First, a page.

Transitioning to the lexical approach with existing groups
Humans are generally reluctant towards change, even if leaving their comfort zone is for the better. Taking this into consideration, it’s impossible to switch from one teaching style to another overnight. It takes time, effort, and work from both sides – the teacher’s and the student’s. I will talk about how I started implementing the lexical approach with the groups I had been teaching using other approaches for quite some time. I will share some revelations and tips on how to smoothly guide your students towards speaking and understanding contemporary English. I will also highlight some problems I encountered and share the solutions I’ve found during my journey.
Anna is currently working as a director of studies at a private language school based in Ukraine. She holds TKT Cambridge certificates and has 10 years of experience, working with students of different ages. She loves all of them, though her main area of interest is teaching adults. Now she is into teacher training and is happy to share her ideas and experience with other teachers since she believes cooperation is the key to development and growth. Anna is also a developer of both webinars and marathons.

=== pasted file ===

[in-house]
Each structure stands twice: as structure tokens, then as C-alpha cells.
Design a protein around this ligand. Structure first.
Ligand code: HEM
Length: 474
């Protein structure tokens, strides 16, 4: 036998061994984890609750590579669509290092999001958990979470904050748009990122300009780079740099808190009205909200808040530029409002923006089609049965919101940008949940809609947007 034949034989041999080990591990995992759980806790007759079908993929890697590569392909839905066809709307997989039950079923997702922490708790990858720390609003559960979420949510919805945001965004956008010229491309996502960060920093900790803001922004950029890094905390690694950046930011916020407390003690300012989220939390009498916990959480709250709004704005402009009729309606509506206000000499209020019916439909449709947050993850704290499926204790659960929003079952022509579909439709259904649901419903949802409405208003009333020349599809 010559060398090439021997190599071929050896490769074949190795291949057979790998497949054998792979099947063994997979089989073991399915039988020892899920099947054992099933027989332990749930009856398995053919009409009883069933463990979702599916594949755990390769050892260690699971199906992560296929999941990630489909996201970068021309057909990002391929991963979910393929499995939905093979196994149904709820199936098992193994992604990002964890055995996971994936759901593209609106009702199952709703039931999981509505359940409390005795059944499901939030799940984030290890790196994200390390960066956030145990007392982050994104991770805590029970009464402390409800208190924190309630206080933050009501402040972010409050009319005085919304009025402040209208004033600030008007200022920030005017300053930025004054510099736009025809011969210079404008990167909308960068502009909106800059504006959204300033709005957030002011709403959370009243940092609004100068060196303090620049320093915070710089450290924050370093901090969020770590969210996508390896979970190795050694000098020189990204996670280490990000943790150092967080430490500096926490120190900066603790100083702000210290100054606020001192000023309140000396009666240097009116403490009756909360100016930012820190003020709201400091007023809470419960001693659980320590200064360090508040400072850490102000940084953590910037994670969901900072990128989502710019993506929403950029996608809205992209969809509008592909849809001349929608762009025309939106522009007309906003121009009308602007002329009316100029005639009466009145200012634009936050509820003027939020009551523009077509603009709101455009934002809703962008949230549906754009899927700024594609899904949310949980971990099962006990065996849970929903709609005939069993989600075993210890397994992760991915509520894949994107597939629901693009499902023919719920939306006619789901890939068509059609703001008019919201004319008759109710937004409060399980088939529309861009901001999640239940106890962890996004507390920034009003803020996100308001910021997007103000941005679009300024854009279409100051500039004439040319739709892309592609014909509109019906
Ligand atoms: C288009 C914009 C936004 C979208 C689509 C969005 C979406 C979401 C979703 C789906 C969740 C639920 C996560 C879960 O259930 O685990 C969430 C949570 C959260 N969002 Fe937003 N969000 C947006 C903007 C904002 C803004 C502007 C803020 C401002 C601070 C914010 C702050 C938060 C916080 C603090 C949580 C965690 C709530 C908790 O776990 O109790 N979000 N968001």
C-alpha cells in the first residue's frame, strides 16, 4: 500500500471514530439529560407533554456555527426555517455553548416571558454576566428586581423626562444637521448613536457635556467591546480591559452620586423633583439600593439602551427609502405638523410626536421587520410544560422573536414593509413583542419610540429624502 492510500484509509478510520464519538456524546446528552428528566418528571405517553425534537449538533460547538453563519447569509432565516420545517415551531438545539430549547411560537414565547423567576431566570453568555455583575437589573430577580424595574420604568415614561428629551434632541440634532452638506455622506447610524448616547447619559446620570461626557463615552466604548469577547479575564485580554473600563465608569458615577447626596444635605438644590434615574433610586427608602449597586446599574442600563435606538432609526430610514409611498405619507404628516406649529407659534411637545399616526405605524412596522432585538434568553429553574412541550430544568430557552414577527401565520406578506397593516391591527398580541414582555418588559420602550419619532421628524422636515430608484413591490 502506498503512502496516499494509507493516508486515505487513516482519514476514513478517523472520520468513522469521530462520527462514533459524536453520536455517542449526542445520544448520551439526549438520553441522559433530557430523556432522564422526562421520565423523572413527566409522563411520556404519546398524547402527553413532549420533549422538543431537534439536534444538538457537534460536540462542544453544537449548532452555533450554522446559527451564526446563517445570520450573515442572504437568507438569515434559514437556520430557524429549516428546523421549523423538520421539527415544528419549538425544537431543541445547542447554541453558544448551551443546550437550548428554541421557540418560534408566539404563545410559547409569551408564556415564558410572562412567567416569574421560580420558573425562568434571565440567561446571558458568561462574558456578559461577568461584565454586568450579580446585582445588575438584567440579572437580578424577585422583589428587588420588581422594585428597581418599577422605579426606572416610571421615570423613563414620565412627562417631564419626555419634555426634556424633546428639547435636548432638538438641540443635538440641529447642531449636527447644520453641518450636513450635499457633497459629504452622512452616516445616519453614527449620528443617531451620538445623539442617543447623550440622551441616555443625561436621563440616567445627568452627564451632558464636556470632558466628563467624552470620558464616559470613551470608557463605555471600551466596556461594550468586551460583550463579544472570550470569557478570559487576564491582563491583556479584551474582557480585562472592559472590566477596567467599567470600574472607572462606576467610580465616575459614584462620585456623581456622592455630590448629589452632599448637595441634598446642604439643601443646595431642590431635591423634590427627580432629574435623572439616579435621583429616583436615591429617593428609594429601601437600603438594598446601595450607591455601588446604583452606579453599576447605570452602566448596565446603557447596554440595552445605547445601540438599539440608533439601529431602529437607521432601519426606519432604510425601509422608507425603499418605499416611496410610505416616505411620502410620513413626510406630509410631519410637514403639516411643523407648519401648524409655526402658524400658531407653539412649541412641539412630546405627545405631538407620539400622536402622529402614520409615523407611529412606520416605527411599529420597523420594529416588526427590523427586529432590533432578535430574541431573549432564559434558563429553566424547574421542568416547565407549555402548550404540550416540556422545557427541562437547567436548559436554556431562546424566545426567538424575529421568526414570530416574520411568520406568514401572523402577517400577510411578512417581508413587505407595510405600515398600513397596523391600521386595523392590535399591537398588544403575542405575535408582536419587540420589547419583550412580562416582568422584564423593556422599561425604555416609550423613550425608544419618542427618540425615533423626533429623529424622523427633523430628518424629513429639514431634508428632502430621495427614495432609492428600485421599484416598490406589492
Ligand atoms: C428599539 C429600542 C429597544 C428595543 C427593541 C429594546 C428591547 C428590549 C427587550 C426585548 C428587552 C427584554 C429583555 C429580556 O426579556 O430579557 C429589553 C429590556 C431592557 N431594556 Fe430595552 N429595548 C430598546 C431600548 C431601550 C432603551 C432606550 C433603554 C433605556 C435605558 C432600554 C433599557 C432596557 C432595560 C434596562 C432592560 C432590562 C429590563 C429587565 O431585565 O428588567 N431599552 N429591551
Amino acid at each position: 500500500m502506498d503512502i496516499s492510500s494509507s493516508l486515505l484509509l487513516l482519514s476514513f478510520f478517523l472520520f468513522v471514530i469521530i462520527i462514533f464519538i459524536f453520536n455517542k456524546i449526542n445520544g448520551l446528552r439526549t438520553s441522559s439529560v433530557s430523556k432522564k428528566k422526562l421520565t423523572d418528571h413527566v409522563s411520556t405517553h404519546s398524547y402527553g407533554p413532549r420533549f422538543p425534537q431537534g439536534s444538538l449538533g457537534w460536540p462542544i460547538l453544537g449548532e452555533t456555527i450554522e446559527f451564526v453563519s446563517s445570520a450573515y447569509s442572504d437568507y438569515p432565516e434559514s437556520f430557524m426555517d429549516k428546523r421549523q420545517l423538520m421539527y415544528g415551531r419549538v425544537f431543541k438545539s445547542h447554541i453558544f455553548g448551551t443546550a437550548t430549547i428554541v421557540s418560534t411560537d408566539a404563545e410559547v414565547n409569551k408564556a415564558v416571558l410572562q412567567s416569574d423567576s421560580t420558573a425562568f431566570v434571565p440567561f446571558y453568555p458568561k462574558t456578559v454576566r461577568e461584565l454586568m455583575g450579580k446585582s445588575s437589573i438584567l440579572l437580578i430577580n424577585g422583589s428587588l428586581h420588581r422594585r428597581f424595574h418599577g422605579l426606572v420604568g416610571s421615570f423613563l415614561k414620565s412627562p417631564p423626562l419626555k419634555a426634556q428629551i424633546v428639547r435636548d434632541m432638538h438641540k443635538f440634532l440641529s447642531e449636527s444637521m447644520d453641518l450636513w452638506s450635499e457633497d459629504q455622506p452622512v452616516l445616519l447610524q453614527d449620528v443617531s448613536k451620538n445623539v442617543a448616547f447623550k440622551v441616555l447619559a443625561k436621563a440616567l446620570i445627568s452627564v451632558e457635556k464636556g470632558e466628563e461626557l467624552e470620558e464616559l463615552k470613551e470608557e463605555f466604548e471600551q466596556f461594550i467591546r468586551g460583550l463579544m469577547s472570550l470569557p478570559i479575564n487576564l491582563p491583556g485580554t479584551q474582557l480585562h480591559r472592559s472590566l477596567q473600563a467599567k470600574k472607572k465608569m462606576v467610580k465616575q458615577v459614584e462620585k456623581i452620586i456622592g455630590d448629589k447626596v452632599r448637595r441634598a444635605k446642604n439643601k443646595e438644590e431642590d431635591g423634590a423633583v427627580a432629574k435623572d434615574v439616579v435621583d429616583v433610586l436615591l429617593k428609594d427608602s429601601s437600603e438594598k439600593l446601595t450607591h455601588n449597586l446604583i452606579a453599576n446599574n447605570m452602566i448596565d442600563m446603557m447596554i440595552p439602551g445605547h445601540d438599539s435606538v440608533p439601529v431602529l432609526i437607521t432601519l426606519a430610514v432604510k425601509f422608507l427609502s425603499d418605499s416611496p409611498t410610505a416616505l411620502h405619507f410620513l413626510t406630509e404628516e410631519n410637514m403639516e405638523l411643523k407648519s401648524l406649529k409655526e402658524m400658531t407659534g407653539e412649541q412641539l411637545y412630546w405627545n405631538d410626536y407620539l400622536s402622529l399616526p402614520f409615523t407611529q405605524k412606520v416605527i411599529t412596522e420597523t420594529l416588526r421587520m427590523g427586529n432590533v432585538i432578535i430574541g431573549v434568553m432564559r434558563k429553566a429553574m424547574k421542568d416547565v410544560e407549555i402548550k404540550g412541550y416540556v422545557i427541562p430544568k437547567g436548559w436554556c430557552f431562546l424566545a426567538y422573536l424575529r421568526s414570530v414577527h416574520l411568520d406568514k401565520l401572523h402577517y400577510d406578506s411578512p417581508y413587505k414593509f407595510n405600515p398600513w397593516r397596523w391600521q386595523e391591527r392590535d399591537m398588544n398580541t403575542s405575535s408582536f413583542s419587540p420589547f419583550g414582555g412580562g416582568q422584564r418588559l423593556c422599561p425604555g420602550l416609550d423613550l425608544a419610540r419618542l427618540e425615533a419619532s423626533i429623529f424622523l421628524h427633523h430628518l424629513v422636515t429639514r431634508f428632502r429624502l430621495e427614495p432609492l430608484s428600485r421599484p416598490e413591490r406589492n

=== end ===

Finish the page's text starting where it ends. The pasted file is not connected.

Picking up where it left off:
Teaching Lexically. How Do I Do It?
This workshop aims to provide teachers with the understanding of how useful a lexical approach can be for every classroom, vivid examples of how to effectively implement it working with different age groups and in various contexts, and lots of ready-to-use activities and templates. Attendees will also receive a list of online platforms and smartphone apps that never fail. During the workshop, the presenter will demonstrate techniques and strategies that have proven to be effective in ESL teaching. Participants will become familiar with how to incorporate the development of the 21st century skills and new challenges into successful teaching. Upon workshop completion, participants will have a toolkit of strategies to be immediately implemented.